Monthly Archives: December 2006

BOOK BEAT 24 – Charles Sobczak

BOOK BEAT   Naples Sun Times   December 27, 2006-January 2, 2007

by Philip K. Jason

When Sanibel realtor Charles Sobczak founded Indigo Press to publish his first novel, Six Mornings on Sanibel (1999), he was issued ten ISBN numbers. Sobczak has managed the risks and rewards of self-publishing so well that he will soon have to apply for more. As 2006 comes to a close, he has now five books in print plus two special editions. And this inventive author is a long way from running out of ideas, whether for the books themselves or for marketing them effectively.

Six Mornings, which has sold an astounding 21,000 copies, tells of the therapeutic interaction between Carl, a long-time Sanibel resident now in his twilight years, and Richard, a burnt-out alcoholic Midwesterner reluctantly on vacation. The recently-widowed older man needs someone to listen to his tales; the vacationer needs to redirect his life and recommit to the values he once held as a young man. The interchange presents fishing lessons and life lessons that, along with the Sanibel setting, move both men toward spiritual restoration.

Sobczak’s second novel, Way Under Contract, has much more of a satirical bite. It has been labeled a black comedy about the real estate business, particularly as it exists down here in Southwest Florida. Sobczak crafts into a compelling narrative the many quirks of the business while ultimately encouraging a more respectful attitude toward the world we live in. In 2001, this book won the Patrick D. Smith Literary Award, which is given by the Florida Historical Association for a book that depicts some aspect of Florida life in a most effective way. It, too, has sold quite well over the years, aided in 2004 by the coincidence of a phenomenon named Hurricane Charley, which brought special interest to the regional real estate market and to the fragility of this man-made Paradise.

Rhythm of the Tides is a compilation of Sobczak’s newspaper columns, along with selected short stories, essays, and poetry. It is a kind of Charles Sobczak sampler, and thus a good way to become familiar with the concerns and techniques of this versatile writer as they have developed over the years. Sobczak has packaged his first three books together in a bound collection called Island Writings. This collection is published in a general edition and a special Sanibel Island edition.

In 2003 came A Choice of Angels. This novel grows, in part, out of a visit Sobczak and his wife made to Istanbul in 2001. It centers on a romance that invited a clash of cultures, as a young Muslim woman who is an international exchange student meets the son of a Baptist minister at a small Georgia college. The damage caused by religious intolerance is treated with subtlety and precision in this exploration of contemporary political and religious issues. Though the manuscript was completed before 9/11, it seems as if the book speaks to that event and its aftermath. The author weaves background and foreground together skillfully, always making sure that the authenticity of his characters is not sacrificed to the need for exposition.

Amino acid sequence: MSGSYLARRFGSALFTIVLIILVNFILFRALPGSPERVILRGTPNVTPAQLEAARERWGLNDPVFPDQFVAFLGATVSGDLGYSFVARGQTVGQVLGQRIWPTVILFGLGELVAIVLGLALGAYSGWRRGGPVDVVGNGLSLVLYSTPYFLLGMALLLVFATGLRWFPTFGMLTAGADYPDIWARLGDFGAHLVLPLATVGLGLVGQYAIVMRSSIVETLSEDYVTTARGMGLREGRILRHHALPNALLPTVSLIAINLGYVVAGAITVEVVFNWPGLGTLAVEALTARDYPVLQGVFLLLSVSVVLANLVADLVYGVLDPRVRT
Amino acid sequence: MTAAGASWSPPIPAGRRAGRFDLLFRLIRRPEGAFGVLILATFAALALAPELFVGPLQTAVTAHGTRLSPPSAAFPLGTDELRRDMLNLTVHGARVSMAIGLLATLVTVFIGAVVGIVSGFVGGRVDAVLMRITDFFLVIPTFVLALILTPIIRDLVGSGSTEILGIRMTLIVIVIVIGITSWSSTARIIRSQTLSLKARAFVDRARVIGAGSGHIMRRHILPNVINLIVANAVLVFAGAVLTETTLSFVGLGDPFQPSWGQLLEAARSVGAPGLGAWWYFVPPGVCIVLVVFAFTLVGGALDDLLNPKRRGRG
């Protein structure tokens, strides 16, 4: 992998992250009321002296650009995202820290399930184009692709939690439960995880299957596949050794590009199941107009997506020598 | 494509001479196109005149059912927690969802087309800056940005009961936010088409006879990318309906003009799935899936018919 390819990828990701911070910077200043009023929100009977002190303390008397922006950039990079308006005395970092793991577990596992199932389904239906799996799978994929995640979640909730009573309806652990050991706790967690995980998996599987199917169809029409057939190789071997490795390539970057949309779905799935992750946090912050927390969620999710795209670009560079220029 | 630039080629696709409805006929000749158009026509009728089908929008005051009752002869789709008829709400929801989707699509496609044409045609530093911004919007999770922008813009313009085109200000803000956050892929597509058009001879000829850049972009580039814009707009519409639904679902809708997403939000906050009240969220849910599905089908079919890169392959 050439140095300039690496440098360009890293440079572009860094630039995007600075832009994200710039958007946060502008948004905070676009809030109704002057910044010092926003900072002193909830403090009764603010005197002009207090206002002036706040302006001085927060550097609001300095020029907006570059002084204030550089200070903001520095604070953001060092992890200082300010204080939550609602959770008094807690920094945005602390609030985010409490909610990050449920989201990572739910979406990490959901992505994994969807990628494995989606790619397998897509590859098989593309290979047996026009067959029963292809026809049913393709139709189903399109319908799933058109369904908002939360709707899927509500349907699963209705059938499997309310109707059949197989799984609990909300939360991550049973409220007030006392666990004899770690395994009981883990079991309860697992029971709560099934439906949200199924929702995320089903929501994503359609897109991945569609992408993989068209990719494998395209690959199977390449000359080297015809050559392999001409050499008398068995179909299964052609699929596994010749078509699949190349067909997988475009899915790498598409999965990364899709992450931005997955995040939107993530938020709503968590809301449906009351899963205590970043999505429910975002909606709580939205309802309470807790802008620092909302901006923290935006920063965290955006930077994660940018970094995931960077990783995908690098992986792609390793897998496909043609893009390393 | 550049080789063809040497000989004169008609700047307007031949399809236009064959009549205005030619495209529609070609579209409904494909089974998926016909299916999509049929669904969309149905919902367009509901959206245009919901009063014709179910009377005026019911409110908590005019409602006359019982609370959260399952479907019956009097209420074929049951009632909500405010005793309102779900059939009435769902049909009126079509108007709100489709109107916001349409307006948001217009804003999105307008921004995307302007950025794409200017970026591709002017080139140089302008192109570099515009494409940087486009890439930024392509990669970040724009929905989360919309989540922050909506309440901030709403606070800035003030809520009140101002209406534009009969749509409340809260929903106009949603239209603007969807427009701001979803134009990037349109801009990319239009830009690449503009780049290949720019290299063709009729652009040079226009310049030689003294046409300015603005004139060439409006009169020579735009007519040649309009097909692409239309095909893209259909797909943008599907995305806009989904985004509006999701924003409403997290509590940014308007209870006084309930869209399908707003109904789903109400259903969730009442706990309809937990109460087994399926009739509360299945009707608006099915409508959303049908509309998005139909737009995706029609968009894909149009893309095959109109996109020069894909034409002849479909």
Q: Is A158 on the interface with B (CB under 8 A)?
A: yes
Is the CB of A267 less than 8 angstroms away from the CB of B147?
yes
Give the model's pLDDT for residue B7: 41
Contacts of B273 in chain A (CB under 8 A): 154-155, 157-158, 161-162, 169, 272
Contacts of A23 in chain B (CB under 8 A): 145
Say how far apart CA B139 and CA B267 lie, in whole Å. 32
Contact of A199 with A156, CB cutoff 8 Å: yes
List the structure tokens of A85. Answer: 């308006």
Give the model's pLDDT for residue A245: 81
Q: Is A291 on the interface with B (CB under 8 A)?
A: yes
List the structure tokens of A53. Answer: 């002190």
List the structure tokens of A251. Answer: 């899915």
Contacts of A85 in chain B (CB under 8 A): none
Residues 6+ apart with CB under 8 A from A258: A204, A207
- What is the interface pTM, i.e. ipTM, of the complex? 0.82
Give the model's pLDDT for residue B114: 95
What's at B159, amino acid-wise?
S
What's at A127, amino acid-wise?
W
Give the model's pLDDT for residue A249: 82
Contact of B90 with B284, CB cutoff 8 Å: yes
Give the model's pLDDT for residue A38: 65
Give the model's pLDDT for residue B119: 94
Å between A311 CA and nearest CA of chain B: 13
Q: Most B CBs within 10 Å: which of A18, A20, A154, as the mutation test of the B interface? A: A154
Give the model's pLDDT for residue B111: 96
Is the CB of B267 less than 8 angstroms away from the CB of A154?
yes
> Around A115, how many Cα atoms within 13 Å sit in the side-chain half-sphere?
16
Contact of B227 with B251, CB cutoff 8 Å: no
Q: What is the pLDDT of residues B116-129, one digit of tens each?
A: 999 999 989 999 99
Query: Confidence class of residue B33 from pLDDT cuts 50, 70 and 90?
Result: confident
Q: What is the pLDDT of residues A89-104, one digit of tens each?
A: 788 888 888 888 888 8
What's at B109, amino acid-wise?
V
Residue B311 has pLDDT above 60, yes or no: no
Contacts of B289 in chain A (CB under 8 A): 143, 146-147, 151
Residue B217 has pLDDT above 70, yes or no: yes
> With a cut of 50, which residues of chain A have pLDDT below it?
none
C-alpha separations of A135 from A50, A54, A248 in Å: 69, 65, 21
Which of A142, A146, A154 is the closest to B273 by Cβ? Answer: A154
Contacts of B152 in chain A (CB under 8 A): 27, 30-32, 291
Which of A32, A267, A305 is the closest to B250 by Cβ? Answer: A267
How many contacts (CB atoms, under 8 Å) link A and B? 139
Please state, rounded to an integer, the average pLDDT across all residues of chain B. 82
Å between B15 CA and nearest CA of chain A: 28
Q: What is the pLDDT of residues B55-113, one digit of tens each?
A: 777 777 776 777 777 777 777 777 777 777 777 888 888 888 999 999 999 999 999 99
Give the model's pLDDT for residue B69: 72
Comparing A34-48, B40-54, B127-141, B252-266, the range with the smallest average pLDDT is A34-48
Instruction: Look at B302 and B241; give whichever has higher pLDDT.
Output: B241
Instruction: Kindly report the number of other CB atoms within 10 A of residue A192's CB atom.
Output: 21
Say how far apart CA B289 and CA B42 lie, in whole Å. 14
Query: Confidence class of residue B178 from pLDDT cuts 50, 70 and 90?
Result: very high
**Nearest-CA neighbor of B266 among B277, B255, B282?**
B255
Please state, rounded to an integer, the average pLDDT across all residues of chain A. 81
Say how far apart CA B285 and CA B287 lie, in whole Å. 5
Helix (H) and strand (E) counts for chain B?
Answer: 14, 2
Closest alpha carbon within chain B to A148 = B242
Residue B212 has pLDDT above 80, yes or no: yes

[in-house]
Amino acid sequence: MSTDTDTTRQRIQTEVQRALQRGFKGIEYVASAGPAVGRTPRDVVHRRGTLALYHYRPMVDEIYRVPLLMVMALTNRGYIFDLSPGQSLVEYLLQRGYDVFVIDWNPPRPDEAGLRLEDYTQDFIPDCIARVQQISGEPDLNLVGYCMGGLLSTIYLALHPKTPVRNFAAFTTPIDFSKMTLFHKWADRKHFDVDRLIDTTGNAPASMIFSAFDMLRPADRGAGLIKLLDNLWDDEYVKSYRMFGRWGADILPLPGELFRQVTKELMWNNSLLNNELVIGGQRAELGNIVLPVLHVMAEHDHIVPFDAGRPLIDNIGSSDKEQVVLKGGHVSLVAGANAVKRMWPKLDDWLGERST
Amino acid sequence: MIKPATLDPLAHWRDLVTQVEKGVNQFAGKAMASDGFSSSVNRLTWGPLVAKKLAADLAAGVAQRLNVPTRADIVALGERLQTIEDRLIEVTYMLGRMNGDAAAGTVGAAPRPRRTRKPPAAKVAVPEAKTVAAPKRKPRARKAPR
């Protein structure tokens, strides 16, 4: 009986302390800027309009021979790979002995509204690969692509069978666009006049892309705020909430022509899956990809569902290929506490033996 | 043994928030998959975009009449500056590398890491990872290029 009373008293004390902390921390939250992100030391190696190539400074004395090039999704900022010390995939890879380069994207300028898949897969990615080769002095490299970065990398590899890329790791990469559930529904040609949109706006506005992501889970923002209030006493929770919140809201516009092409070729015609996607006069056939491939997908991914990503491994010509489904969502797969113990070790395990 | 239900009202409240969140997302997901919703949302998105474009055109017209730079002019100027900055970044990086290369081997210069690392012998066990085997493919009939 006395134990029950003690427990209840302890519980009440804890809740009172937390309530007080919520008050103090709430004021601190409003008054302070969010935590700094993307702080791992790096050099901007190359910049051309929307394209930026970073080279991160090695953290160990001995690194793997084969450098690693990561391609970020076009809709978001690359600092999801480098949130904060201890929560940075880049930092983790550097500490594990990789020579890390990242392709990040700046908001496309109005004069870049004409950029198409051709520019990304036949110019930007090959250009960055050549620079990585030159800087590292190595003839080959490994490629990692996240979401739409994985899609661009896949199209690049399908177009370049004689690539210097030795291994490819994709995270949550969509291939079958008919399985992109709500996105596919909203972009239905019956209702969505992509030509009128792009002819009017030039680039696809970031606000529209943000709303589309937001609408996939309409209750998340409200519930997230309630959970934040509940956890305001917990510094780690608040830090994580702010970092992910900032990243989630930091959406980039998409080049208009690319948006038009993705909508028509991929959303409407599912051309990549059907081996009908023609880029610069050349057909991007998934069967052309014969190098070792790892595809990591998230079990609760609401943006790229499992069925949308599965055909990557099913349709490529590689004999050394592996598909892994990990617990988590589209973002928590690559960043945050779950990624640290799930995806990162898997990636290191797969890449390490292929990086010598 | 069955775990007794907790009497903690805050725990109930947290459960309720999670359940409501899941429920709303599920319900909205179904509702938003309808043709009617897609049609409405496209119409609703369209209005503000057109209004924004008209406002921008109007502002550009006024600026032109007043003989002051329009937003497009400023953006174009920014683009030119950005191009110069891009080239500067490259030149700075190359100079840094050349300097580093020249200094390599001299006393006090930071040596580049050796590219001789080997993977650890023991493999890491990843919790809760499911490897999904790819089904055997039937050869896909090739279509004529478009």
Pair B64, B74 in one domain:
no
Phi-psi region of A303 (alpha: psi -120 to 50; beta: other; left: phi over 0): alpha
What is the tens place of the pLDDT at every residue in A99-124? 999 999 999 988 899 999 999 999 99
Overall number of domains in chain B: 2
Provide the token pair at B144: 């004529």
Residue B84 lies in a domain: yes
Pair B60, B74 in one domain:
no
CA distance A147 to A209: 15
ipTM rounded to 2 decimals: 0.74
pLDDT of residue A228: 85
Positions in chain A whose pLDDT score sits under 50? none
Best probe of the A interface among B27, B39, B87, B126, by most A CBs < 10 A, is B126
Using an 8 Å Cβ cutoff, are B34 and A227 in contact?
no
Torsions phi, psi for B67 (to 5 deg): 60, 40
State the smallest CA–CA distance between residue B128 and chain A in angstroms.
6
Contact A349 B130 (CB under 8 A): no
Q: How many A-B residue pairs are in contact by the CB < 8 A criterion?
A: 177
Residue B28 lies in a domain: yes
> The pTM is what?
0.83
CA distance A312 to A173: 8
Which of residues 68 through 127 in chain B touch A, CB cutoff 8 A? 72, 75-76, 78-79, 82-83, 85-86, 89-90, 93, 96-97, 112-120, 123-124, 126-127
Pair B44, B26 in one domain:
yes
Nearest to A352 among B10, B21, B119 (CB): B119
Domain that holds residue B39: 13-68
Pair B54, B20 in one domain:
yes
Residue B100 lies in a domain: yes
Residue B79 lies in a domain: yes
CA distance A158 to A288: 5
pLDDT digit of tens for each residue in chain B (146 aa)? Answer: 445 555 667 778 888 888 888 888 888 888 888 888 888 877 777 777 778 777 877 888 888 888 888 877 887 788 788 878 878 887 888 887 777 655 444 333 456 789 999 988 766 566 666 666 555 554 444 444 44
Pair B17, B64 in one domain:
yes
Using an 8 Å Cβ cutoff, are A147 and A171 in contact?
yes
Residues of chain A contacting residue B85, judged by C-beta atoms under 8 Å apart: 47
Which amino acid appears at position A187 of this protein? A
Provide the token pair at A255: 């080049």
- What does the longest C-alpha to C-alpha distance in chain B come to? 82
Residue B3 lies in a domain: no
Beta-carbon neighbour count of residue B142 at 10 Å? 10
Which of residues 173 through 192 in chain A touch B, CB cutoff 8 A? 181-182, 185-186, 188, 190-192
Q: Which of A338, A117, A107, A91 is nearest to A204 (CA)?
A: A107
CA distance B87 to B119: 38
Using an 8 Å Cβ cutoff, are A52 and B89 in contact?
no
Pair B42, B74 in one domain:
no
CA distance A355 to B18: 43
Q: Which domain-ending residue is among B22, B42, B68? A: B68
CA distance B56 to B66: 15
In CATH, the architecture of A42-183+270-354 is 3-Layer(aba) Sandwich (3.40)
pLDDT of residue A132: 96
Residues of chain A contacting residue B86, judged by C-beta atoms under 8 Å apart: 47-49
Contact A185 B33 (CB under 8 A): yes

Alligators, Sharks, & Panthers is Charles Sobczak’s most recent effort. Published last month, its theme is in its subtitle: “Deadly Encounters with Florida’s Top Predator – Man.” This, Sobczak’s first book-length piece of nonfiction, is a compendium of information on the confrontations between humans and other predators in our state. The book unfolds in brief sections, alternating fact-laden chunks with chunks of narration that illustrate these confrontations, most often revealing how they either were man-provoked or provoked by human ignorance.

Each of the major predators named in the title gets a separate chapter, and each chapter follows the same pattern. First comes an exposition on the animal itself: its nature, its evolution, its situation in Florida in the 21st century. This information is followed by a miscellany of stories – often news items – and warnings that underscore Sobczaks’ theme. The fourth chapter is on man, figured as the planet’s unwitting destroyer. In chapter five, the ecological problems that human activities bring to our home state are outlined in detail. As the book progresses, Sobczak presents more and more information about what we can do to alleviate these problems.

Finally, the book is an impassioned plea for understanding and action. Amazingly, it sold 1,200 copies in its first thirty days in print! Environmentalists and conservationists are, of course, buying the book. But so are tourists and teenage boys.